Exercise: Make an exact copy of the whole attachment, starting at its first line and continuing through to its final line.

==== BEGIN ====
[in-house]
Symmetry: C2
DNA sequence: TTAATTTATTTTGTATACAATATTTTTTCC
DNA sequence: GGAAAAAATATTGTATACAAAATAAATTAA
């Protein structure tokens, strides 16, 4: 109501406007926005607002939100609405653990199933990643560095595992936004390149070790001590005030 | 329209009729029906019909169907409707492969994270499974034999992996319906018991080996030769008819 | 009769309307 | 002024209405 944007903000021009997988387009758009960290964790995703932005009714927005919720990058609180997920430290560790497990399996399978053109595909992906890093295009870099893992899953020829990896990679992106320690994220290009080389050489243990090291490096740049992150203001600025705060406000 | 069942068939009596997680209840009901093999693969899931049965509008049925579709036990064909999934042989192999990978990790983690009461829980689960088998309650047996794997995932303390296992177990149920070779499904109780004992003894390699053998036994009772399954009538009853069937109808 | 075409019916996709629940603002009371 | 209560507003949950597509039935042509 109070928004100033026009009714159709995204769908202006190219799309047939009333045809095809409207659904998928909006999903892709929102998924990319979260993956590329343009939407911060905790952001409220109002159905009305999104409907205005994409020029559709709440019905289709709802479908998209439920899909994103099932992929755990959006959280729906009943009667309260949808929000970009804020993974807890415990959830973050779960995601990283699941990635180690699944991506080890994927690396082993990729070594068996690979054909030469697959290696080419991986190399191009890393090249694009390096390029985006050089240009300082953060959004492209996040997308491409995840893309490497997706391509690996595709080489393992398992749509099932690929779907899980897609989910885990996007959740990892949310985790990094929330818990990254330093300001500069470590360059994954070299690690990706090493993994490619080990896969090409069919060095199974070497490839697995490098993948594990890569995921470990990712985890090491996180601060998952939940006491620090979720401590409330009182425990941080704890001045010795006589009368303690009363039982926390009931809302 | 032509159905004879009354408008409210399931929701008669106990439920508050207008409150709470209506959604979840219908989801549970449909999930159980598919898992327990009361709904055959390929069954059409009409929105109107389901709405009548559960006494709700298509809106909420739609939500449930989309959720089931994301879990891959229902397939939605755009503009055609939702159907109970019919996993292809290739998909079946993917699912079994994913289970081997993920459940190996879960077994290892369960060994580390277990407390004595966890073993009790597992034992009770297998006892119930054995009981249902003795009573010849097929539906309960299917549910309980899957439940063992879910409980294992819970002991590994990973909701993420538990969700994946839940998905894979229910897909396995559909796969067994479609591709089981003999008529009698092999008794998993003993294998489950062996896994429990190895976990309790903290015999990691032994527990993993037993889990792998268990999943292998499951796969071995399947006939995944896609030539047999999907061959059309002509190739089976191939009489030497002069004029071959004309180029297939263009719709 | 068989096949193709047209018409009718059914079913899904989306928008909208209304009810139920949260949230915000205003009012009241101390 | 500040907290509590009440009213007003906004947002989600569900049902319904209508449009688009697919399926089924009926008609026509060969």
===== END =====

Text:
[in-house]
Symmetry: C2
DNA sequence: TTAATTTATTTTGTATACAATATTTTTTCC
DNA sequence: GGAAAAAATATTGTATACAAAATAAATTAA
């Protein structure tokens, strides 16, 4: 109501406007926005607002939100609405653990199933990643560095595992936004390149070790001590005030 | 329209009729029906019909169907409707492969994270499974034999992996319906018991080996030769008819 | 009769309307 | 002024209405 944007903000021009997988387009758009960290964790995703932005009714927005919720990058609180997920430290560790497990399996399978053109595909992906890093295009870099893992899953020829990896990679992106320690994220290009080389050489243990090291490096740049992150203001600025705060406000 | 069942068939009596997680209840009901093999693969899931049965509008049925579709036990064909999934042989192999990978990790983690009461829980689960088998309650047996794997995932303390296992177990149920070779499904109780004992003894390699053998036994009772399954009538009853069937109808 | 075409019916996709629940603002009371 | 209560507003949950597509039935042509 109070928004100033026009009714159709995204769908202006190219799309047939009333045809095809409207659904998928909006999903892709929102998924990319979260993956590329343009939407911060905790952001409220109002159905009305999104409907205005994409020029559709709440019905289709709802479908998209439920899909994103099932992929755990959006959280729906009943009667309260949808929000970009804020993974807890415990959830973050779960995601990283699941990635180690699944991506080890994927690396082993990729070594068996690979054909030469697959290696080419991986190399191009890393090249694009390096390029985006050089240009300082953060959004492209996040997308491409995840893309490497997706391509690996595709080489393992398992749509099932690929779907899980897609989910885990996007959740990892949310985790990094929330818990990254330093300001500069470590360059994954070299690690990706090493993994490619080990896969090409069919060095199974070497490839697995490098993948594990890569995921470990990712985890090491996180601060998952939940006491620090979720401590409330009182425990941080704890001045010795006589009368303690009363039982926390009931809302 | 032509159905004879009354408008409210399931929701008669106990439920508050207008409150709470209506959604979840219908989801549970449909999930159980598919898992327990009361709904055959390929069954059409009409929105109107389901709405009548559960006494709700298509809106909420739609939500449930989309959720089931994301879990891959229902397939939605755009503009055609939702159907109970019919996993292809290739998909079946993917699912079994994913289970081997993920459940190996879960077994290892369960060994580390277990407390004595966890073993009790597992034992009770297998006892119930054995009981249902003795009573010849097929539906309960299917549910309980899957439940063992879910409980294992819970002991590994990973909701993420538990969700994946839940998905894979229910897909396995559909796969067994479609591709089981003999008529009698092999008794998993003993294998489950062996896994429990190895976990309790903290015999990691032994527990993993037993889990792998268990999943292998499951796969071995399947006939995944896609030539047999999907061959059309002509190739089976191939009489030497002069004029071959004309180029297939263009719709 | 068989096949193709047209018409009718059914079913899904989306928008909208209304009810139920949260949230915000205003009012009241101390 | 500040907290509590009440009213007003906004947002989600569900049902319904209508449009688009697919399926089924009926008609026509060969």